I don't remember when I lost my love of Westerns. Growing up, I loved them. My first love was Tonto in The Lone Ranger. I was a tree-climber, and the tallest branch I could reach, the one that galloped and bucked in the wind, I called Silver. Nevermind that Tonto's horse was named Scout. That iconic silver horse rearing to the tune of the William Tell Overture was mine too.
I didn't cotton to The Big Valley or Bonanza. I never bought into the notion of real old-fashioned westerners spouting the "why can't we all just get along" philosophies of the 60's. I mean, I was a woman of my time, but I didn't think cowboys of the late 19th Century were. The death blow for me was Little House on the Prairie. I grew up on Laura Ingalls Wilder. I reread them all as an adult and loved them even more. To me, TV'd Little House was a travesty. Wilder wrote from her heart and mind, experience and memory. TV wrote for family values. Little Joe as Pa? "Ick," I say, and again I say "Ick."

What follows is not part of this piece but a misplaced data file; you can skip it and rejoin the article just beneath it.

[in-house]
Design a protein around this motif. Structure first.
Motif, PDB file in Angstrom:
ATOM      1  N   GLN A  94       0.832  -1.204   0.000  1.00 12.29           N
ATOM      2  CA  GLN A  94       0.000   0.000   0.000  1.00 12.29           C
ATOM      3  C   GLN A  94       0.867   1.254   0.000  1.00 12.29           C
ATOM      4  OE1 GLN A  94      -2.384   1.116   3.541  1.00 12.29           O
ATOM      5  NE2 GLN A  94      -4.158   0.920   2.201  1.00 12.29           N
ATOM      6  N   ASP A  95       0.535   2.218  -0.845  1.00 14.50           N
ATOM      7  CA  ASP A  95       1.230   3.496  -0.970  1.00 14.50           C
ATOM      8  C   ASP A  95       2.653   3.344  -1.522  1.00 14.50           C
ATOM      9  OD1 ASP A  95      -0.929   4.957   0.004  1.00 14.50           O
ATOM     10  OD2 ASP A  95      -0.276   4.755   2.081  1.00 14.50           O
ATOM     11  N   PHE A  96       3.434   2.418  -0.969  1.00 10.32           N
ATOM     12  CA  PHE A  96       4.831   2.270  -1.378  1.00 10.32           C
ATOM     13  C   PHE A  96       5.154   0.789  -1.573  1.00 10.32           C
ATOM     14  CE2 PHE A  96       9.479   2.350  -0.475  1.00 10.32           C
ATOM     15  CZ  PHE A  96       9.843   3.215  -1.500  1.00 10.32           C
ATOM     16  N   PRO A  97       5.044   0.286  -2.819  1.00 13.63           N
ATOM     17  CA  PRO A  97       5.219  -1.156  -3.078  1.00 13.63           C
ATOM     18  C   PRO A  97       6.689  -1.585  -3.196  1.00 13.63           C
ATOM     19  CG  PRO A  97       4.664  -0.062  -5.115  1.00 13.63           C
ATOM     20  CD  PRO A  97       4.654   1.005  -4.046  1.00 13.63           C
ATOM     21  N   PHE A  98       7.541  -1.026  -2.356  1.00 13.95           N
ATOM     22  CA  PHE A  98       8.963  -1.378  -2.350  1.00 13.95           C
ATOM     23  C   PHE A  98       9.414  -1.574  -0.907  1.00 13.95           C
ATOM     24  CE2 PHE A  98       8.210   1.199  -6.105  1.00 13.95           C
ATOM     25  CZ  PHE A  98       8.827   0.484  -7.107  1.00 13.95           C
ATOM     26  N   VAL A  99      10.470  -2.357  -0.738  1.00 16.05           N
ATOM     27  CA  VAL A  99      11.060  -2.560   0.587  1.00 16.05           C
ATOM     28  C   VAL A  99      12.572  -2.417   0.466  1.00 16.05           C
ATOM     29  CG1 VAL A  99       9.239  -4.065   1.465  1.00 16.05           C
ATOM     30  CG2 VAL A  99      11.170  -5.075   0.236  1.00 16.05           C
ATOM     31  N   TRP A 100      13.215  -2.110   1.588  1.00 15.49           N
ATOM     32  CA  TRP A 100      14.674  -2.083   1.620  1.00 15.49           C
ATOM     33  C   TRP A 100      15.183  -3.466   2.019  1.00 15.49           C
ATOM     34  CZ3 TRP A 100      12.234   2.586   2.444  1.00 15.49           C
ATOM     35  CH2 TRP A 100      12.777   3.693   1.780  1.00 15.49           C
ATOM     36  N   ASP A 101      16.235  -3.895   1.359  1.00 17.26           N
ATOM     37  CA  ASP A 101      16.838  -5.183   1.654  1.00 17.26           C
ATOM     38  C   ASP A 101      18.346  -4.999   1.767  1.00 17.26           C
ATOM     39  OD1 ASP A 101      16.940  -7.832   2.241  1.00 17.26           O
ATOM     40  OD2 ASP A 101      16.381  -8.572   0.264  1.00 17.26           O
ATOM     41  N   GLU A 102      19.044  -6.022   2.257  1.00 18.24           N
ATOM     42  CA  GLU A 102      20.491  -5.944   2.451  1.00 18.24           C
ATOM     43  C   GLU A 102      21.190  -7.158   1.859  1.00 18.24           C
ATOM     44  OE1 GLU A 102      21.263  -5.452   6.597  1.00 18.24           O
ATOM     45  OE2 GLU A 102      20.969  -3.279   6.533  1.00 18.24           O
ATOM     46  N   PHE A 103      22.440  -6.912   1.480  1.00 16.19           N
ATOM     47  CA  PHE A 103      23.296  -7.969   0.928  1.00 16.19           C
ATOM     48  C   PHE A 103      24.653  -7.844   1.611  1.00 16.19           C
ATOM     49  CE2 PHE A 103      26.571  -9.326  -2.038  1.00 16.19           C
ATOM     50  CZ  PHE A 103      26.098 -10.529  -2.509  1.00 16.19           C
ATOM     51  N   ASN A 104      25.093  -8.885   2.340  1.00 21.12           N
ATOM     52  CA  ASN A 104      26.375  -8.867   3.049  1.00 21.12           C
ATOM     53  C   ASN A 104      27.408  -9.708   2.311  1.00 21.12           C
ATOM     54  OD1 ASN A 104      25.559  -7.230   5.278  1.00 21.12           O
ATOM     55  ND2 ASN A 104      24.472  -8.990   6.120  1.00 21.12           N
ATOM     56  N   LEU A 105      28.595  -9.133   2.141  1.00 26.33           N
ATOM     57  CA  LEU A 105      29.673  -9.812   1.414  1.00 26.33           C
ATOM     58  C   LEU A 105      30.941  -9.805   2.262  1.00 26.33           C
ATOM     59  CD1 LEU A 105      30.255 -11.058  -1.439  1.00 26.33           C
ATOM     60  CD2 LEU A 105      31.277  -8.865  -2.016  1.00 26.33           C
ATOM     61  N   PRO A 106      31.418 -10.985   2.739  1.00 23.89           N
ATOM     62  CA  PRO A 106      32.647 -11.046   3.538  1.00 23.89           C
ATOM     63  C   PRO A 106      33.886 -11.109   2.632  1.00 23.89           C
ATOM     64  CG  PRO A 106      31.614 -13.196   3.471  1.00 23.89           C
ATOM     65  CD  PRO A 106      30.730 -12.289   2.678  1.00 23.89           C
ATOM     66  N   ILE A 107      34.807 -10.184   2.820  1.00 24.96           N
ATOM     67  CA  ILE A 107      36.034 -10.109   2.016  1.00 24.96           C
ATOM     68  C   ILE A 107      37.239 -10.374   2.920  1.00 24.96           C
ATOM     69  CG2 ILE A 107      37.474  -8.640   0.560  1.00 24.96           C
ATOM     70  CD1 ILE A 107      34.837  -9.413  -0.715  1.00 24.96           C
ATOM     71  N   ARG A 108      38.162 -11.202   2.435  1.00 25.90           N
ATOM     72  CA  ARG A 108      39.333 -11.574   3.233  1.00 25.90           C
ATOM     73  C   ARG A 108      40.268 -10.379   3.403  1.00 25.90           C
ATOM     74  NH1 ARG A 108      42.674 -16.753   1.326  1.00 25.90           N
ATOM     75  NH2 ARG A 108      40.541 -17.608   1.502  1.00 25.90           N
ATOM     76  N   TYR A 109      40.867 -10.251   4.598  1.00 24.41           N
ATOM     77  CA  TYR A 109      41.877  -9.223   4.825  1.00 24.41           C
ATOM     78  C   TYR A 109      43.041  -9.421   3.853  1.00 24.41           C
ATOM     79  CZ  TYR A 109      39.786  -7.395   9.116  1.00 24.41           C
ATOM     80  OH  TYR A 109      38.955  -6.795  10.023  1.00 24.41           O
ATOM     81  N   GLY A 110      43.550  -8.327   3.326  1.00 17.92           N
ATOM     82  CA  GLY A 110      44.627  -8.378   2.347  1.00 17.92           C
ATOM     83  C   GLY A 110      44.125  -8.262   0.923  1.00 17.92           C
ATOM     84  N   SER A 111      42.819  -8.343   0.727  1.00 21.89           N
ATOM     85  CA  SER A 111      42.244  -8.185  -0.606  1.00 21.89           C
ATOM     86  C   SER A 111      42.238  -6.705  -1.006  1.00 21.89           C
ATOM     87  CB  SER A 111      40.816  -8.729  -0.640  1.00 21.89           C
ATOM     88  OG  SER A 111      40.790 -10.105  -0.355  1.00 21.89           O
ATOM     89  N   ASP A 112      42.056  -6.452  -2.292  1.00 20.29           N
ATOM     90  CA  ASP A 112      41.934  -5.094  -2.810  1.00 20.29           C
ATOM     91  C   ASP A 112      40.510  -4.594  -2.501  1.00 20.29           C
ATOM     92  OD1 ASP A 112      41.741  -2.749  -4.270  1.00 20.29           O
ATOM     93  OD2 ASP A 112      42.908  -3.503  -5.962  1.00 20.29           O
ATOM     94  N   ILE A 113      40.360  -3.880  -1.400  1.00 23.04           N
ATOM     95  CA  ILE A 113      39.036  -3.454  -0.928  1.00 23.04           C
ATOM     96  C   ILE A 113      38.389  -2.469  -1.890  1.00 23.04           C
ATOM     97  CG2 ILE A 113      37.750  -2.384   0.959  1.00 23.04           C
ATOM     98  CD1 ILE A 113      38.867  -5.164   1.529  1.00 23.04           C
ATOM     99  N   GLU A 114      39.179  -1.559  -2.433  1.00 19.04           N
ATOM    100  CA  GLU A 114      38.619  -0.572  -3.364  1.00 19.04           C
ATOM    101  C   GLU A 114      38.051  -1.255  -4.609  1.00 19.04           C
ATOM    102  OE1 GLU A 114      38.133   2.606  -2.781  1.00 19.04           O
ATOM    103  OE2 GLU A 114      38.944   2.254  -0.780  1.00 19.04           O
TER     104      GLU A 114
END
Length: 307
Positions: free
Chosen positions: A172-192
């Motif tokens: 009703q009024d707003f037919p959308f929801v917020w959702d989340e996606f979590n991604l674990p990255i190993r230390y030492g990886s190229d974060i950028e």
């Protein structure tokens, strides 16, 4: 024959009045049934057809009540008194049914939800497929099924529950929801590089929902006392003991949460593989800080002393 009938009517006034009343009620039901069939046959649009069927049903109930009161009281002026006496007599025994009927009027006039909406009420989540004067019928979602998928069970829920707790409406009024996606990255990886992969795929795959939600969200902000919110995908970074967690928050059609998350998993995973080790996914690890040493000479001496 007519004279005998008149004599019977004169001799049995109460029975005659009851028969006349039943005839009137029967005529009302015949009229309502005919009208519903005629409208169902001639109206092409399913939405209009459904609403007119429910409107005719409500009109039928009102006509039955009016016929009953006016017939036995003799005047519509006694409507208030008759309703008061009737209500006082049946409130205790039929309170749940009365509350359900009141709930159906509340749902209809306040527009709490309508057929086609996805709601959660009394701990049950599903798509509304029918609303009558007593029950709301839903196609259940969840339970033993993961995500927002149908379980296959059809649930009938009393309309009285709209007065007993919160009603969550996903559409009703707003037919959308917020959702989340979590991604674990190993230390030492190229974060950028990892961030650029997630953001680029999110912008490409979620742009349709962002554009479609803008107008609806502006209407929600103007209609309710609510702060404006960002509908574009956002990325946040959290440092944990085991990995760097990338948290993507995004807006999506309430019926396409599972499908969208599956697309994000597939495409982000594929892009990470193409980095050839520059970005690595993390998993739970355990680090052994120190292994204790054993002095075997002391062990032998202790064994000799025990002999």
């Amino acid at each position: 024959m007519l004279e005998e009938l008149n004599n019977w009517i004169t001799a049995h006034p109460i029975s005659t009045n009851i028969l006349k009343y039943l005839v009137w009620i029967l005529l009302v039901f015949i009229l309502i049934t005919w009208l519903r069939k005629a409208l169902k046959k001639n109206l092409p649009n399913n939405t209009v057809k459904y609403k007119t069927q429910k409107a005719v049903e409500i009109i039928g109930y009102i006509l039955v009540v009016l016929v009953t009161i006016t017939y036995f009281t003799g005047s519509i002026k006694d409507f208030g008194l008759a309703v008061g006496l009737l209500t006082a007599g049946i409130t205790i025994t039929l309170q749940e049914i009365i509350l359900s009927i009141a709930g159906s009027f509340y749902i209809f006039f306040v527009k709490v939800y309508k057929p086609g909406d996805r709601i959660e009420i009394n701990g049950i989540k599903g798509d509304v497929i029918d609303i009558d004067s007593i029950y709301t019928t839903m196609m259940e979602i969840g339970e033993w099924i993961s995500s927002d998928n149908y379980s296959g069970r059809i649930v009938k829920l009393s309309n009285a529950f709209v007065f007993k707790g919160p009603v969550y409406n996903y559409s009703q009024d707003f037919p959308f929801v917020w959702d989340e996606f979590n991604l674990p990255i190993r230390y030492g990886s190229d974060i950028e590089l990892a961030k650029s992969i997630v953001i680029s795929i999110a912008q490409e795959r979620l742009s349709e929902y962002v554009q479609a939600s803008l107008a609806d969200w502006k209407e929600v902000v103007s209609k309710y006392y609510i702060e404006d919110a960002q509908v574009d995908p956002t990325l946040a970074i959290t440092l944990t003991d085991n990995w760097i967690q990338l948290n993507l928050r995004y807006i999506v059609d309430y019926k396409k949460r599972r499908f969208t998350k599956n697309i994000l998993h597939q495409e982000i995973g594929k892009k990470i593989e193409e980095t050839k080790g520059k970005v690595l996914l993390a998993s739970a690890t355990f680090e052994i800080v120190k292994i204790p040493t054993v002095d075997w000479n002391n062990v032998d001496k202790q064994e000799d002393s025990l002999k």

This season AMC has mounted a rather good Western - good rather than great, I think - but good enough. Hell on Wheels follows a Confederate soldier seeking revenge in the West of the Union Pacific - and the building of same. We have conflicted Indians and freed slaves and whores with hearts of gold and a fallen preacher and his feisty daughter and a pretty English surveyor/Indian killer, and Irishmen on the make and...and...and - lots more stuff and lots of fun. So I'm watching it.
On top of all that, American Experience has announced its Wild West Collection, kicking off tonight with Billy the Kid. This will be followed up by Custer's Last Stand, Wyatt Earp, Geronimo, Annie Oakley, Jesse James, Buffalo Bill, and Kit Carson. You don't get more iconic that these.